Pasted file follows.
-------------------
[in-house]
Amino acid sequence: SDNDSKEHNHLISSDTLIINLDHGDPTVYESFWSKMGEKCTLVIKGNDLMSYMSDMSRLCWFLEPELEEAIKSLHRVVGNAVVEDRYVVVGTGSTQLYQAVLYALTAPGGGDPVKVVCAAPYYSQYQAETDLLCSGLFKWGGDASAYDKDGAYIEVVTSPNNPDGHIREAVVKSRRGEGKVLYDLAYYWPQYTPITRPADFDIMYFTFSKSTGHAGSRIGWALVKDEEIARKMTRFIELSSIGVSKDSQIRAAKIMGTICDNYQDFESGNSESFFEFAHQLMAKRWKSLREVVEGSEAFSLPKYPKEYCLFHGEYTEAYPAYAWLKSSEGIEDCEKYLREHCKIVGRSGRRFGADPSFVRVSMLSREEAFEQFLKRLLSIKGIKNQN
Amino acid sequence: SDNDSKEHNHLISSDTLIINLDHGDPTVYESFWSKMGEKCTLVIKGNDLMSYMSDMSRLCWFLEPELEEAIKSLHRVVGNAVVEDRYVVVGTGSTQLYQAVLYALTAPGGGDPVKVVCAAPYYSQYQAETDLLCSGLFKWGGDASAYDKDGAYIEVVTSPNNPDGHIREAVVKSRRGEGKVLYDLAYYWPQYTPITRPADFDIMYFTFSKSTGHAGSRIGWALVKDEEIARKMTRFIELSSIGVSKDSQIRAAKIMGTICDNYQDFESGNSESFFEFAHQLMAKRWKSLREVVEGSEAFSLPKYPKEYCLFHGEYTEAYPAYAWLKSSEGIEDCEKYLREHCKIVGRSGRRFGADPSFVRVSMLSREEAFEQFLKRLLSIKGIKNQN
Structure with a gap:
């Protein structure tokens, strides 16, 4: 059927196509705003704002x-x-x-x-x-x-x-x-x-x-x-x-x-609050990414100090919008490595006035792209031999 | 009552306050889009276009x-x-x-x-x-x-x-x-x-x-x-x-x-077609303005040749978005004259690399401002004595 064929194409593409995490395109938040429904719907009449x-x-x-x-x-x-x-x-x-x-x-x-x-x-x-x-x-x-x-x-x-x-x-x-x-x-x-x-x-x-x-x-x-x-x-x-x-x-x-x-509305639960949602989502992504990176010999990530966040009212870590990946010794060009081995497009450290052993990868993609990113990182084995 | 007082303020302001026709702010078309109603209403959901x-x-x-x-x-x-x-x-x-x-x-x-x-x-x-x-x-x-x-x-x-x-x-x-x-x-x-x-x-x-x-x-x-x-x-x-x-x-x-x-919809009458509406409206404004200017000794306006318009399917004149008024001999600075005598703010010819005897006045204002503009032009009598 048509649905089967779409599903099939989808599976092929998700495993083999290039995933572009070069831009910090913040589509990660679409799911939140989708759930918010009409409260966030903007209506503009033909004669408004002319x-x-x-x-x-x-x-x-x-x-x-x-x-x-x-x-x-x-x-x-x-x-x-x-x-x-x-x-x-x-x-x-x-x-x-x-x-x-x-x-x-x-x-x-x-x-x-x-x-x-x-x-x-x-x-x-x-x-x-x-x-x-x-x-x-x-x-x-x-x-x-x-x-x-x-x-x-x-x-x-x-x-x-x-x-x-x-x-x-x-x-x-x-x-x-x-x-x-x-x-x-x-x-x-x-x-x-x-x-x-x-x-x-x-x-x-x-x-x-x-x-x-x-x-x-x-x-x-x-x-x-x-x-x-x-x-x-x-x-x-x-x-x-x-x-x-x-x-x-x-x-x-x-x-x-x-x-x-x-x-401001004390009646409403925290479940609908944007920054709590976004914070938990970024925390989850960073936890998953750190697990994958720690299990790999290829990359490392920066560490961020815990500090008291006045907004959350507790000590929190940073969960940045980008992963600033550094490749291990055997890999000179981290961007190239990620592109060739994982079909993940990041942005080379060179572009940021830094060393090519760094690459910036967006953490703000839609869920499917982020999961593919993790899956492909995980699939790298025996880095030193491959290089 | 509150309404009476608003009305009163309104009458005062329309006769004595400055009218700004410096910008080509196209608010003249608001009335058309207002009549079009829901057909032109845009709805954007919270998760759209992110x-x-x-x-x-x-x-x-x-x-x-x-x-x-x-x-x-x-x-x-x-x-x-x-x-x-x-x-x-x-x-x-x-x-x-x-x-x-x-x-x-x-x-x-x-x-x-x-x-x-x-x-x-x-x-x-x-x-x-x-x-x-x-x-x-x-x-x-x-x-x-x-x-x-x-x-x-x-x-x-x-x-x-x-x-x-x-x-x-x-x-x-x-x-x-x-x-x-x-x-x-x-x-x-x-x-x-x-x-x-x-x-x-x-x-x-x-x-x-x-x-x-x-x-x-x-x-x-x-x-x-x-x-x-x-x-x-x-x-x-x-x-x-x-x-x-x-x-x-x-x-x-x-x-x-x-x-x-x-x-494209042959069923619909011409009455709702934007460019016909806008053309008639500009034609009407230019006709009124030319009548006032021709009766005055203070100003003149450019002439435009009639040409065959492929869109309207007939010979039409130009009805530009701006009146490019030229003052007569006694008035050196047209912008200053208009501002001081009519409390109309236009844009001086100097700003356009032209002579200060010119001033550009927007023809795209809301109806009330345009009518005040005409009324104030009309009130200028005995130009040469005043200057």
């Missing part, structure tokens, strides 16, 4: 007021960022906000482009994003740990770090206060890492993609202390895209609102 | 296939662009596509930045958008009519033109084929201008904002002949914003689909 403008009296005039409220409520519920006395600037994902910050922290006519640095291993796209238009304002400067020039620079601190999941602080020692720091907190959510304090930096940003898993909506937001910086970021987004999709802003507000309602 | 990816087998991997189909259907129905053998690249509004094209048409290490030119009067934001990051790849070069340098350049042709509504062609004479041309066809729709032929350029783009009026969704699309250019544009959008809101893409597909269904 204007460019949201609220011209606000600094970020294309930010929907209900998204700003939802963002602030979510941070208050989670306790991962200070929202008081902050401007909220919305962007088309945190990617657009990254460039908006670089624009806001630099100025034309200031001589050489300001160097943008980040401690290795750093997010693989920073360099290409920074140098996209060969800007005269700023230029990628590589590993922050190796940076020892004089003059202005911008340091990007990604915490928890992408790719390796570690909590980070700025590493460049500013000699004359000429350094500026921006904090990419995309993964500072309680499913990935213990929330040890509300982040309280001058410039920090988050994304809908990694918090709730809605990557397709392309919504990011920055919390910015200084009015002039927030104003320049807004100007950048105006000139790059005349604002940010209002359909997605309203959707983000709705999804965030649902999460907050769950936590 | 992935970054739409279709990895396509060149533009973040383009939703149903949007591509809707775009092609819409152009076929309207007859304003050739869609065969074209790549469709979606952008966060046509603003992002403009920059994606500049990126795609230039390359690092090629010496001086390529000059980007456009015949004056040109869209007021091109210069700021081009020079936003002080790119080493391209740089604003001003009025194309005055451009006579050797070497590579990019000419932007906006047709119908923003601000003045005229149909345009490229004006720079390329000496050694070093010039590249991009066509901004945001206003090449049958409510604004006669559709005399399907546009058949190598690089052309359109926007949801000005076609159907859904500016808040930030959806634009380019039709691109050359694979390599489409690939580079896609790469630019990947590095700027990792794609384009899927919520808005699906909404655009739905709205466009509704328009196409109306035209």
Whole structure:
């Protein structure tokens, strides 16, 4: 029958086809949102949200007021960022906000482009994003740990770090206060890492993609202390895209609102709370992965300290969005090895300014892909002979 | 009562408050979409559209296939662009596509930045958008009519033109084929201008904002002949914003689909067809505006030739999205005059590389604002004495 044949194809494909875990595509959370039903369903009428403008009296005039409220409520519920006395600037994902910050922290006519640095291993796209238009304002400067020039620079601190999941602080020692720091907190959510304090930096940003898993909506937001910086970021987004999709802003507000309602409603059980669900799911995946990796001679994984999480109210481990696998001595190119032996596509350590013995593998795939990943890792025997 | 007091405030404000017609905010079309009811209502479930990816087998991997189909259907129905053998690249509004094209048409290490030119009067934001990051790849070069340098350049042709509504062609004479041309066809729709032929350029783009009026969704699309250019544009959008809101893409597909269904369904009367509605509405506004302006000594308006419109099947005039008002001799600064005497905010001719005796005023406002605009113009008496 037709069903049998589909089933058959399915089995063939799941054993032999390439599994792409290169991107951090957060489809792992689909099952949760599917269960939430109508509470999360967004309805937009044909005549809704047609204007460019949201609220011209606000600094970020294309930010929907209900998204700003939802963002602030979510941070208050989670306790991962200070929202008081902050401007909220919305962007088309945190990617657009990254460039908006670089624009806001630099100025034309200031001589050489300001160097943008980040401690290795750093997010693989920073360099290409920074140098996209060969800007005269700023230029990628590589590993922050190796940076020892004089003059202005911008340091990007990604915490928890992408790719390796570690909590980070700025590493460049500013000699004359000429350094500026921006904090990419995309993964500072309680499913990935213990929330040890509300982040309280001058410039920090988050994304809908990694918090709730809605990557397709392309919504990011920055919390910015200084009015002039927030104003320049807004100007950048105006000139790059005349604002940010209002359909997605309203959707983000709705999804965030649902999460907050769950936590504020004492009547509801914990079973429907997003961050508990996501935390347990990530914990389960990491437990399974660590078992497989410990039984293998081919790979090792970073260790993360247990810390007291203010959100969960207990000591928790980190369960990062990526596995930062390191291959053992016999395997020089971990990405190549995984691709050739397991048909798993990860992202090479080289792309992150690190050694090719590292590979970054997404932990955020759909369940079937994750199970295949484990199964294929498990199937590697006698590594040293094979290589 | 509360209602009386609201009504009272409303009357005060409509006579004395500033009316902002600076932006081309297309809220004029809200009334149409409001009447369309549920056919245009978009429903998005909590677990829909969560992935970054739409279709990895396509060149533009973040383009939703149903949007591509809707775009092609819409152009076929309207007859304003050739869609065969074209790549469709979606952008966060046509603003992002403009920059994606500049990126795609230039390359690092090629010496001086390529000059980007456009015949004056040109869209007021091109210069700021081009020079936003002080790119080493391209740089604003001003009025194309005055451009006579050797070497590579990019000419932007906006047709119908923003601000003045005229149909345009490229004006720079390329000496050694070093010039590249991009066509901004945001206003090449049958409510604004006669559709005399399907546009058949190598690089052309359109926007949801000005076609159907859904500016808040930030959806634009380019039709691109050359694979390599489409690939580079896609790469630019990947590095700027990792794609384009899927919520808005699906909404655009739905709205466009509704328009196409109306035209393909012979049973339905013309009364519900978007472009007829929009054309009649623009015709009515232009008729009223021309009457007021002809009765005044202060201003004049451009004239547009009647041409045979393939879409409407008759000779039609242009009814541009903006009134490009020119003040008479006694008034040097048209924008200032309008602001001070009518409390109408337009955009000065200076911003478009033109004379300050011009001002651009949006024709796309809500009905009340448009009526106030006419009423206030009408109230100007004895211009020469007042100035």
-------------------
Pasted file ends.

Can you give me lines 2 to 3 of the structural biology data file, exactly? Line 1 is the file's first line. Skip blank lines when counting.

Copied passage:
Amino acid sequence: SDNDSKEHNHLISSDTLIINLDHGDPTVYESFWSKMGEKCTLVIKGNDLMSYMSDMSRLCWFLEPELEEAIKSLHRVVGNAVVEDRYVVVGTGSTQLYQAVLYALTAPGGGDPVKVVCAAPYYSQYQAETDLLCSGLFKWGGDASAYDKDGAYIEVVTSPNNPDGHIREAVVKSRRGEGKVLYDLAYYWPQYTPITRPADFDIMYFTFSKSTGHAGSRIGWALVKDEEIARKMTRFIELSSIGVSKDSQIRAAKIMGTICDNYQDFESGNSESFFEFAHQLMAKRWKSLREVVEGSEAFSLPKYPKEYCLFHGEYTEAYPAYAWLKSSEGIEDCEKYLREHCKIVGRSGRRFGADPSFVRVSMLSREEAFEQFLKRLLSIKGIKNQN
Amino acid sequence: SDNDSKEHNHLISSDTLIINLDHGDPTVYESFWSKMGEKCTLVIKGNDLMSYMSDMSRLCWFLEPELEEAIKSLHRVVGNAVVEDRYVVVGTGSTQLYQAVLYALTAPGGGDPVKVVCAAPYYSQYQAETDLLCSGLFKWGGDASAYDKDGAYIEVVTSPNNPDGHIREAVVKSRRGEGKVLYDLAYYWPQYTPITRPADFDIMYFTFSKSTGHAGSRIGWALVKDEEIARKMTRFIELSSIGVSKDSQIRAAKIMGTICDNYQDFESGNSESFFEFAHQLMAKRWKSLREVVEGSEAFSLPKYPKEYCLFHGEYTEAYPAYAWLKSSEGIEDCEKYLREHCKIVGRSGRRFGADPSFVRVSMLSREEAFEQFLKRLLSIKGIKNQN